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How to Effortlessly Track Your Spending

Stop manually tracking your spending.

Leverage powerful analytic tools such as Personal Capital and these money management apps to do the work for you. This tool has worked for me and has kept me motivated to why I’m saving in the first place. Once you login to your Personal Capital dashboard, you’re able to view your net worth.

When I’d first signed up with Personal Capital, I had a negative net worth, but this motivated me to save more. With this tool, you can also view your spending patterns, expenses, and how much money you’re saving.

Use your net worth as your north star to saving more. Whenever you experience financial setbacks, view how far you’ve come along. Saving money is only half the battle, being consistent is the other half.

The Truth on Why You Keep Failing

Saving money isn’t sexy. If it was, wouldn’t everyone be doing it?

Some people are natural savers, but most are impulsive spenders. Instead of denying that you’re an impulsive spender, embrace it.

Don’t try to save 60 to 70% of your income if this means you’ll live a miserable life. Saving money isn’t a race but a marathon. You’re saving for retirement and for large purchases.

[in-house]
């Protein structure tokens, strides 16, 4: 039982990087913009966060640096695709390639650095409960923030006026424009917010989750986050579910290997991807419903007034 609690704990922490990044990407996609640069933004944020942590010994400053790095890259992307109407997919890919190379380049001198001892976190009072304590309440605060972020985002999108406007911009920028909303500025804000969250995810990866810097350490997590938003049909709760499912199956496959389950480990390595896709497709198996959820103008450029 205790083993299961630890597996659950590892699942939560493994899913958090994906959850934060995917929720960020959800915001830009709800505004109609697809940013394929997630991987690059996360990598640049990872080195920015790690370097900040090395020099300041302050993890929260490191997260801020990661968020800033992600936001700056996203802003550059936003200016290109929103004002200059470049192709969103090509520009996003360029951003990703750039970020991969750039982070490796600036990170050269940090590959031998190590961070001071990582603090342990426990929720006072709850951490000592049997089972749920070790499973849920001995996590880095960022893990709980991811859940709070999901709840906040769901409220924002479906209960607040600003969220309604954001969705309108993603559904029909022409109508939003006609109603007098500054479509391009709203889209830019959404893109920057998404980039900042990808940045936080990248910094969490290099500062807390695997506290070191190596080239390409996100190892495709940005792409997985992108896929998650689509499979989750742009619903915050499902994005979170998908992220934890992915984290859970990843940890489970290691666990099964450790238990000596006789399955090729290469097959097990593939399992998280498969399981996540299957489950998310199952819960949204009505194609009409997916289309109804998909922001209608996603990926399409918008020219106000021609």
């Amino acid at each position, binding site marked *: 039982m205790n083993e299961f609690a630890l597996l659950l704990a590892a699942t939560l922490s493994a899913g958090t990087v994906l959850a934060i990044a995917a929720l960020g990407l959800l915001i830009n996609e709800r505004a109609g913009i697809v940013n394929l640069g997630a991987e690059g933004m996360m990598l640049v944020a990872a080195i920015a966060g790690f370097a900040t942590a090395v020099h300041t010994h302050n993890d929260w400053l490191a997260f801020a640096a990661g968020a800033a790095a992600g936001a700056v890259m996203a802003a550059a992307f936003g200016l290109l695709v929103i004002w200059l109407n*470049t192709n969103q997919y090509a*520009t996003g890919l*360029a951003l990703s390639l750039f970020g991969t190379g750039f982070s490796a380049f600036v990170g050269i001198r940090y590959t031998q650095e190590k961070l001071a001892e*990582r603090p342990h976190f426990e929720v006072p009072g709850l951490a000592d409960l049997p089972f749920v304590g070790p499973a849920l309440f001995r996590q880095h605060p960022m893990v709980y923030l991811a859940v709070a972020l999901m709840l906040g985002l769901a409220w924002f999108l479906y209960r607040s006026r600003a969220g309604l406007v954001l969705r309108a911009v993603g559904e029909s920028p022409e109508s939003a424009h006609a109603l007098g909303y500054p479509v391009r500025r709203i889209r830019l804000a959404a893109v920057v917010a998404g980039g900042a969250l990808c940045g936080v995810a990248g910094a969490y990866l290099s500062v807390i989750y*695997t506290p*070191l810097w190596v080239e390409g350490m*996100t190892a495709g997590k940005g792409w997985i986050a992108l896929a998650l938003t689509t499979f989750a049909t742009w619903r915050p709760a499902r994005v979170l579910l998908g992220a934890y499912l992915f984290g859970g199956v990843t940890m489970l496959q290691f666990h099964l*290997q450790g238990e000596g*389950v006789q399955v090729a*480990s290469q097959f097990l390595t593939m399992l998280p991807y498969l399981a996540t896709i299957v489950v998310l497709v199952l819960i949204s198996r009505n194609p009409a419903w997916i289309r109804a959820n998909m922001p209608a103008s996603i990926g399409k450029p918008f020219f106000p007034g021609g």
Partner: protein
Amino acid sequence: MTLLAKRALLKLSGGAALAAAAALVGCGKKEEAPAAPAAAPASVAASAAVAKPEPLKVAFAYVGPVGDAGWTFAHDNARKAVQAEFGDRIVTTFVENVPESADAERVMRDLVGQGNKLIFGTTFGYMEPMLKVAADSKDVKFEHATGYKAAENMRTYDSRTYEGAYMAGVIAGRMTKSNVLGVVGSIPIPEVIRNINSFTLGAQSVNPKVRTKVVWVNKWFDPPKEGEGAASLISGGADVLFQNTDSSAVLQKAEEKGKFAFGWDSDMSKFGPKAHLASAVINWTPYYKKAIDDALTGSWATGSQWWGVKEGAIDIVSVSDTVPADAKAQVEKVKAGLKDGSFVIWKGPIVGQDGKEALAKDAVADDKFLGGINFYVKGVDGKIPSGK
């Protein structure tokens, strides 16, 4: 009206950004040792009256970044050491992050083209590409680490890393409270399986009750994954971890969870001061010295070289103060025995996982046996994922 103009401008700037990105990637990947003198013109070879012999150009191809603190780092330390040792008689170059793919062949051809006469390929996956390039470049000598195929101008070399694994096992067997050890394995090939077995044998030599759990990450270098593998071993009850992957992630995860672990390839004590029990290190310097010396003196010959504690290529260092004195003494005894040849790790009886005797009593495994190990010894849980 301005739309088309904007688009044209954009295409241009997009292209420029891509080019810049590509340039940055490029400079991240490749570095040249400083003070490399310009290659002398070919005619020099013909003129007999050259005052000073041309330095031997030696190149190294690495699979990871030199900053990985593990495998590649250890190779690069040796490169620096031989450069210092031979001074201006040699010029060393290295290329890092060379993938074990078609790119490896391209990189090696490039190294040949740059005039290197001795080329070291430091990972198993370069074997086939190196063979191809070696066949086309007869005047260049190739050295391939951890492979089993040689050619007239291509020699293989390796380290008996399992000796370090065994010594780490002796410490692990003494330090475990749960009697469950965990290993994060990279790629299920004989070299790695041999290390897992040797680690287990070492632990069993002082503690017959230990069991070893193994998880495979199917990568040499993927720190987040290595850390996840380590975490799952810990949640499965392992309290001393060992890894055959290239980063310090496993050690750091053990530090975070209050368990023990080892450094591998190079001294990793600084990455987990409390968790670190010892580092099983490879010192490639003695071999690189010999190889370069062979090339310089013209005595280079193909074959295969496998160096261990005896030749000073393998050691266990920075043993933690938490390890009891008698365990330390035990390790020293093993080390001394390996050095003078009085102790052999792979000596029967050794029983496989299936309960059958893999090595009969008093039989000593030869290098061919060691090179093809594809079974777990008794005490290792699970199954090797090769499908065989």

If you’re currently having a hard time saving, start spending more money on nice things. This may sound counterintuitive but hear me out. Wouldn’t it be better to save $200 each month for 12 months instead of $500 for 3 months?

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Most people run into trouble because they create budgets that set them up for failure. This system won’t work for those who are frugal, but chances are they don’t need help saving. This system is for those who can’t save money and need to be rewarded for their hard work.

Only because you’re buying nice things doesn’t mean that you’ll save less. Here are some rules you should have in place:

  1. Save more than 50% of your available money (after expenses)
  2. Only buy nice things after saving
  3. Automate your savings with automatic bank transfers

These are the same rules that helped me save thousands each year while buying the latest iPhone. Focus only on items that are important to you. Remember, you can afford anything but not everything.

How to Foolproof Yourself out of Debt

Personal finance is a game. On one end, you’re earning money; and on the to other, you’re saving. But what ends up counting in the end isn’t how much you earn but how much you save. Research shows that about 60% of Americans spend more than they save.[1]

So how can you separate yourself from the 60%?

By not accumulating more debt. This way you’ll have more money to save and avoid having more financial obligations. A great way to stop accumulating debt is using cash to pay for all your transactions.

This will be challenging, depending on how reliant you are with your credit card, but it’s worth the effort. Not only will you stop accruing debt, but you’ll also be more conscious with what you buy.

For example, you’ll think twice about purchasing a new $200 headphone despite having the cash to buy them. According to a poll conducted by The CreditCards.com, 5 out of 6 Americans are impulsive spenders.[2]